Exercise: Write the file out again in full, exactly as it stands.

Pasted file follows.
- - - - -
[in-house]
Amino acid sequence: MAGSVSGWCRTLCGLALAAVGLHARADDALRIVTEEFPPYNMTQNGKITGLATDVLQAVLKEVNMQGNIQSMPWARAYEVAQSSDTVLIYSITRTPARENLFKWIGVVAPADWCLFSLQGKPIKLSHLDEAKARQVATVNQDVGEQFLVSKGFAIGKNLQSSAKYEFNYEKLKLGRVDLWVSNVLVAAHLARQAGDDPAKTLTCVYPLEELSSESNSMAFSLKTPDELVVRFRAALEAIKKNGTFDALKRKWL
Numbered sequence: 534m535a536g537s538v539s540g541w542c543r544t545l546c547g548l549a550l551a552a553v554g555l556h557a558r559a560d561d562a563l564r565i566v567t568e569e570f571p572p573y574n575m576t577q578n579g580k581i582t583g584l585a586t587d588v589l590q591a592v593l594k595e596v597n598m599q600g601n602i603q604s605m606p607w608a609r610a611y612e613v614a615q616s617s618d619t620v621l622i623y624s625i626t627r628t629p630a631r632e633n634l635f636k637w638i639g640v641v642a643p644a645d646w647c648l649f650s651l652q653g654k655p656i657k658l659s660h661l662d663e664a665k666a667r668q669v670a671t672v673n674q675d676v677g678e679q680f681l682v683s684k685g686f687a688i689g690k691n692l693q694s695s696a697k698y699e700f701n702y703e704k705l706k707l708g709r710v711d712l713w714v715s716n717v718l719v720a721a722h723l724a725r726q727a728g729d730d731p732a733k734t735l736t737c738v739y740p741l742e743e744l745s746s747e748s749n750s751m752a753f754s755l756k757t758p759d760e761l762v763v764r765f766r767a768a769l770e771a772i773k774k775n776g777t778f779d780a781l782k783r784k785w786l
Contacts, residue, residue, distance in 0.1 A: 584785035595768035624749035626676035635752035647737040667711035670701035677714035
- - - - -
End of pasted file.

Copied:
[in-house]
Amino acid sequence: MAGSVSGWCRTLCGLALAAVGLHARADDALRIVTEEFPPYNMTQNGKITGLATDVLQAVLKEVNMQGNIQSMPWARAYEVAQSSDTVLIYSITRTPARENLFKWIGVVAPADWCLFSLQGKPIKLSHLDEAKARQVATVNQDVGEQFLVSKGFAIGKNLQSSAKYEFNYEKLKLGRVDLWVSNVLVAAHLARQAGDDPAKTLTCVYPLEELSSESNSMAFSLKTPDELVVRFRAALEAIKKNGTFDALKRKWL
Numbered sequence: 534m535a536g537s538v539s540g541w542c543r544t545l546c547g548l549a550l551a552a553v554g555l556h557a558r559a560d561d562a563l564r565i566v567t568e569e570f571p572p573y574n575m576t577q578n579g580k581i582t583g584l585a586t587d588v589l590q591a592v593l594k595e596v597n598m599q600g601n602i603q604s605m606p607w608a609r610a611y612e613v614a615q616s617s618d619t620v621l622i623y624s625i626t627r628t629p630a631r632e633n634l635f636k637w638i639g640v641v642a643p644a645d646w647c648l649f650s651l652q653g654k655p656i657k658l659s660h661l662d663e664a665k666a667r668q669v670a671t672v673n674q675d676v677g678e679q680f681l682v683s684k685g686f687a688i689g690k691n692l693q694s695s696a697k698y699e700f701n702y703e704k705l706k707l708g709r710v711d712l713w714v715s716n717v718l719v720a721a722h723l724a725r726q727a728g729d730d731p732a733k734t735l736t737c738v739y740p741l742e743e744l745s746s747e748s749n750s751m752a753f754s755l756k757t758p759d760e761l762v763v764r765f766r767a768a769l770e771a772i773k774k775n776g777t778f779d780a781l782k783r784k785w786l
Contacts, residue, residue, distance in 0.1 A: 584785035595768035624749035626676035635752035647737040667711035670701035677714035